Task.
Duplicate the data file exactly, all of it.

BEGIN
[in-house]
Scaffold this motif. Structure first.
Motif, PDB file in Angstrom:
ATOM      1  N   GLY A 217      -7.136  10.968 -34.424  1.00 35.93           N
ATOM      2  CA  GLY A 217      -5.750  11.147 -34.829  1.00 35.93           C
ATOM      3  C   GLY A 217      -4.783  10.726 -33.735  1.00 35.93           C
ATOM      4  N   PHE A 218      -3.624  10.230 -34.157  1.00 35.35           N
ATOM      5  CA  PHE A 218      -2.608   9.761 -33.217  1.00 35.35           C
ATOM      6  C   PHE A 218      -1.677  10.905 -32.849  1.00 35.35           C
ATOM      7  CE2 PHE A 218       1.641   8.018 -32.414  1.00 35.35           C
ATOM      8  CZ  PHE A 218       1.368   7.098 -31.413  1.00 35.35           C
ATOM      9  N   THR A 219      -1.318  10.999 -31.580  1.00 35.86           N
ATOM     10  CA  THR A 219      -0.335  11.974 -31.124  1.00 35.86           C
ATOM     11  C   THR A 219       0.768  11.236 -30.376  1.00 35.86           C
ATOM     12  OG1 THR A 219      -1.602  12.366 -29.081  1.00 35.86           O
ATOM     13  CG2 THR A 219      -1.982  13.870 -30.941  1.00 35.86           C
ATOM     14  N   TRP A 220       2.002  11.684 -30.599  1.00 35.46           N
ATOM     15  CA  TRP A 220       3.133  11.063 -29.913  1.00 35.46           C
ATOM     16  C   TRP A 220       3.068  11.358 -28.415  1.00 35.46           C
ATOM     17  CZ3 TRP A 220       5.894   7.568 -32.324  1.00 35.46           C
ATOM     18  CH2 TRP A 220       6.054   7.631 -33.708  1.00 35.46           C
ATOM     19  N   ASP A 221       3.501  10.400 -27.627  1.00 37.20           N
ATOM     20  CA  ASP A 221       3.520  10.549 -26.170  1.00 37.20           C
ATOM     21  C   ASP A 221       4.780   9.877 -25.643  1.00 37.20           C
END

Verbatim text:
[in-house]
Scaffold this motif. Structure first.
Motif, PDB file in Angstrom:
ATOM      1  N   GLY A 217      -7.136  10.968 -34.424  1.00 35.93           N
ATOM      2  CA  GLY A 217      -5.750  11.147 -34.829  1.00 35.93           C
ATOM      3  C   GLY A 217      -4.783  10.726 -33.735  1.00 35.93           C
ATOM      4  N   PHE A 218      -3.624  10.230 -34.157  1.00 35.35           N
ATOM      5  CA  PHE A 218      -2.608   9.761 -33.217  1.00 35.35           C
ATOM      6  C   PHE A 218      -1.677  10.905 -32.849  1.00 35.35           C
ATOM      7  CE2 PHE A 218       1.641   8.018 -32.414  1.00 35.35           C
ATOM      8  CZ  PHE A 218       1.368   7.098 -31.413  1.00 35.35           C
ATOM      9  N   THR A 219      -1.318  10.999 -31.580  1.00 35.86           N
ATOM     10  CA  THR A 219      -0.335  11.974 -31.124  1.00 35.86           C
ATOM     11  C   THR A 219       0.768  11.236 -30.376  1.00 35.86           C
ATOM     12  OG1 THR A 219      -1.602  12.366 -29.081  1.00 35.86           O
ATOM     13  CG2 THR A 219      -1.982  13.870 -30.941  1.00 35.86           C
ATOM     14  N   TRP A 220       2.002  11.684 -30.599  1.00 35.46           N
ATOM     15  CA  TRP A 220       3.133  11.063 -29.913  1.00 35.46           C
ATOM     16  C   TRP A 220       3.068  11.358 -28.415  1.00 35.46           C
ATOM     17  CZ3 TRP A 220       5.894   7.568 -32.324  1.00 35.46           C
ATOM     18  CH2 TRP A 220       6.054   7.631 -33.708  1.00 35.46           C
ATOM     19  N   ASP A 221       3.501  10.400 -27.627  1.00 37.20           N
ATOM     20  CA  ASP A 221       3.520  10.549 -26.170  1.00 37.20           C
ATOM     21  C   ASP A 221       4.780   9.877 -25.643  1.00 37.20           C